4 US Congressmen Send IRS Guidelines On Taxing Proof-Of-Stake (PoS) Network Rewards


  • Several blockchain-survey members of the U.S Congress have made calls to the U.S taxation authority, IRS, not to “overstate” the tax from proof-of-stake (PoS) tokens.

In a letter addressed to the Internal Revenue Service (IRS), four members of Congress – Rep. David Schweikert (R-AZ), Bill Foster (D-IL), Tom Emmer (R-MN), and Darren Soto (D-FL) – asked the taxation authority to take it easy on applying taxes on proof-of-stake (PoS) tokens. This is aimed at promoting innovation in the staking of tokens, but with the current tax policies, many U.S. taxpayers are hesitant to participate in the technology.

In a response supporting the letter, the Blockchain Association states on Twitter,

“Using current guidance, IRS suggests that these new tokens should be immediately taxable as gross income…this is a problem.”

Differing from the widely used proof-of-work tokens (PoW) like Bitcoin (BTC), which requires mass amounts of electricity and mining equipment to secure the network. The letter explains that a different taxing system should be implemented without overstating the taxes payable by PoS token holders. Taxing the gross income mostly understates the effect of dilution when new coins are produced and the inflationary effect too.

“We believe that taxpayers' true gains from these tokens should indeed be taxed,” the letter states. “However, it is possible the taxation of ‘staking' rewards as income may overstate taxpayers' actual gains from participating in this new technology.”

This may result in a “reporting and compliance nightmare” for both the staking investors and services that offer it, which may ultimately push U.S taxpayers away from these types of digital assets. The congressmen say staking rewards should be treated like other forms of taxpayer-created property, e.g., crops and artwork. The letter reads,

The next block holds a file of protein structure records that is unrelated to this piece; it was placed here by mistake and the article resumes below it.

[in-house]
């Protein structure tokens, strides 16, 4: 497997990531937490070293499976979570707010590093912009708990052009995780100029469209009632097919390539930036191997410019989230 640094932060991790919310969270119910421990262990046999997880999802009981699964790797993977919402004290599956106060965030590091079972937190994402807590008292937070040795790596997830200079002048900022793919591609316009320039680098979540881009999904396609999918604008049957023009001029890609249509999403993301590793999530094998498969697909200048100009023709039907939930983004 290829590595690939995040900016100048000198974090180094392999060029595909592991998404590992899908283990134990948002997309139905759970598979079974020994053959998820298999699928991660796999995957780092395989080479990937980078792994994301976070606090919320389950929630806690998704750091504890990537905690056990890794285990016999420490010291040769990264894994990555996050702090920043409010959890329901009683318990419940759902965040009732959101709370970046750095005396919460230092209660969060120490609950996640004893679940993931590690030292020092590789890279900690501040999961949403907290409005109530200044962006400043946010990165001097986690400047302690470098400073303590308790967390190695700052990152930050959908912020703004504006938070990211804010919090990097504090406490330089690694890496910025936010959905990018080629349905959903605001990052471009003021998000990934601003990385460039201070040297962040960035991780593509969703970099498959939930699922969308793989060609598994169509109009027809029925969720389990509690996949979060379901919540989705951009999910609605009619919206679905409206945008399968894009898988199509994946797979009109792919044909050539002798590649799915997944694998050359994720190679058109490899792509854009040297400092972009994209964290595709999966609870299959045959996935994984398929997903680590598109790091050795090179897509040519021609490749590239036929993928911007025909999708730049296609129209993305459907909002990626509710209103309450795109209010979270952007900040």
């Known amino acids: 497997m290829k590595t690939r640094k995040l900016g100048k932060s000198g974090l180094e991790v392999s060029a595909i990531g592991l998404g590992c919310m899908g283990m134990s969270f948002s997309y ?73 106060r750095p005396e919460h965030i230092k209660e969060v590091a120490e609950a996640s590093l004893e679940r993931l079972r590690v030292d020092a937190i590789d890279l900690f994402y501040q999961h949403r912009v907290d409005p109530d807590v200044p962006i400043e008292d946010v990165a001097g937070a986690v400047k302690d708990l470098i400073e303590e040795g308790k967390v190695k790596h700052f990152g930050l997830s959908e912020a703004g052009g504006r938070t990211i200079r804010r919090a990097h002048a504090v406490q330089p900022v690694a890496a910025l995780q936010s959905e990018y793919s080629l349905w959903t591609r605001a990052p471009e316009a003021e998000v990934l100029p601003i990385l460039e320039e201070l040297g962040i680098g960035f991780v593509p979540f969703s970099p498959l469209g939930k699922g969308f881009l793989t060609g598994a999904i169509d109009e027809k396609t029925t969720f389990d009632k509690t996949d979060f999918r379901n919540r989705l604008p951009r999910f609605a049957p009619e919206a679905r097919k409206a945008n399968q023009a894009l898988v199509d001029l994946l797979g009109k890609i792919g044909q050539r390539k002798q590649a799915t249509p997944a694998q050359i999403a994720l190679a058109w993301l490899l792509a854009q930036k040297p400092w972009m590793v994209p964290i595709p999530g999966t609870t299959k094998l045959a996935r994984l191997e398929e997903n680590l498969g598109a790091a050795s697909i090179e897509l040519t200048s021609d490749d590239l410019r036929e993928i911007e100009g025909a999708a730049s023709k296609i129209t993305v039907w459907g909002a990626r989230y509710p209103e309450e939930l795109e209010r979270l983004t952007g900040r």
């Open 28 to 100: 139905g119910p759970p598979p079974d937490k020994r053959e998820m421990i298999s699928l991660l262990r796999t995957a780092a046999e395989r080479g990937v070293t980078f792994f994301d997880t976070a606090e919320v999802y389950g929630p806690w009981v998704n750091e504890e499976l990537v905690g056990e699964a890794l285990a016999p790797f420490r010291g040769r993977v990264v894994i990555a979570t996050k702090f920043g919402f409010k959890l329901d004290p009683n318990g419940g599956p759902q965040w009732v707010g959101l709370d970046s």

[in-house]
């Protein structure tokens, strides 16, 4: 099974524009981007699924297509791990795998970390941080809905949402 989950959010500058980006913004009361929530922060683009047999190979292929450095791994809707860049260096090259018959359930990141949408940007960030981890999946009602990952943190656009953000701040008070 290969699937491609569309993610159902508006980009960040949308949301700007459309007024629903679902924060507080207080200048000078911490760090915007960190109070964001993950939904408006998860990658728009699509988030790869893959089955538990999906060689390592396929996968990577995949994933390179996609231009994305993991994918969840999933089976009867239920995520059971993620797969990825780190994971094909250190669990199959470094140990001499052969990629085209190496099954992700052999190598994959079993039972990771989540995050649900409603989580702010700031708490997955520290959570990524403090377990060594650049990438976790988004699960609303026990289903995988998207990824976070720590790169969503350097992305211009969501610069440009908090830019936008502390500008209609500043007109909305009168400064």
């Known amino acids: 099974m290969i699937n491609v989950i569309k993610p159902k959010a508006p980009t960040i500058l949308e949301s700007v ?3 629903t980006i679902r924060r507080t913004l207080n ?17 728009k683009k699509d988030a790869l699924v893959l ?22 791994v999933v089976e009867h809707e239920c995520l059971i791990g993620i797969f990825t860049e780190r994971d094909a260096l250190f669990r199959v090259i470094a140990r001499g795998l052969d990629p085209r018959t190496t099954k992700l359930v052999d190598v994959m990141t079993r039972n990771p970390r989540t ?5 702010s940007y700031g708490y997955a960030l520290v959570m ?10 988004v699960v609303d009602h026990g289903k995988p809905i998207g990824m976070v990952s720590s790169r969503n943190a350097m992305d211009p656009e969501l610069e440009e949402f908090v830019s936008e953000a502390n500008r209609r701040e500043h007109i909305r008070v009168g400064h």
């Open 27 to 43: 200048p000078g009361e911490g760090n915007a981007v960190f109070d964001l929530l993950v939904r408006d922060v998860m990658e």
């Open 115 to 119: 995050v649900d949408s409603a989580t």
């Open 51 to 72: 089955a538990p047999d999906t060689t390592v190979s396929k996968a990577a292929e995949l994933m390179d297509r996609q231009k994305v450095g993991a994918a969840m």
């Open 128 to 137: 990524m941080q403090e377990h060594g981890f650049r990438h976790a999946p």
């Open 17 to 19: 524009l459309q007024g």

“Similar to all other forms of taxpayer-created (or taxpayer-discovered) property – such as crops, mineral, livestock, artworks, and even widgets off the assembly line – these tokens could be taxed when they are sold.”

Speaking to Coindesk, Shehan Chandrasekera, Cointracker's head of tax strategy, said he agreed that the appropriate way to tax staking rewards will be in a similar way to the property. They should only be taxed once they have been sold.

POSA supports the ease in taxation policies

The Proof-of-Stake Alliance (POSA), who contributed to guiding the congressmen on the letter, praised the efforts of getting the taxman to look into taxing PoS rewards.

“Clear guidance on PoS taxation will further the adoption of blockchain technology and will help drive innovation in the ecosystem,” said Joe Lallouz, Co-Founder and CEO of Bison Trails, a POSA member company.

The IRS is yet to give a clear guideline on how they plan to tax PoS networks staking rewards. In mid-July, BEG reported the taxing authority would start purchasing data from Coinbase to increase tax compliance across the U.S.

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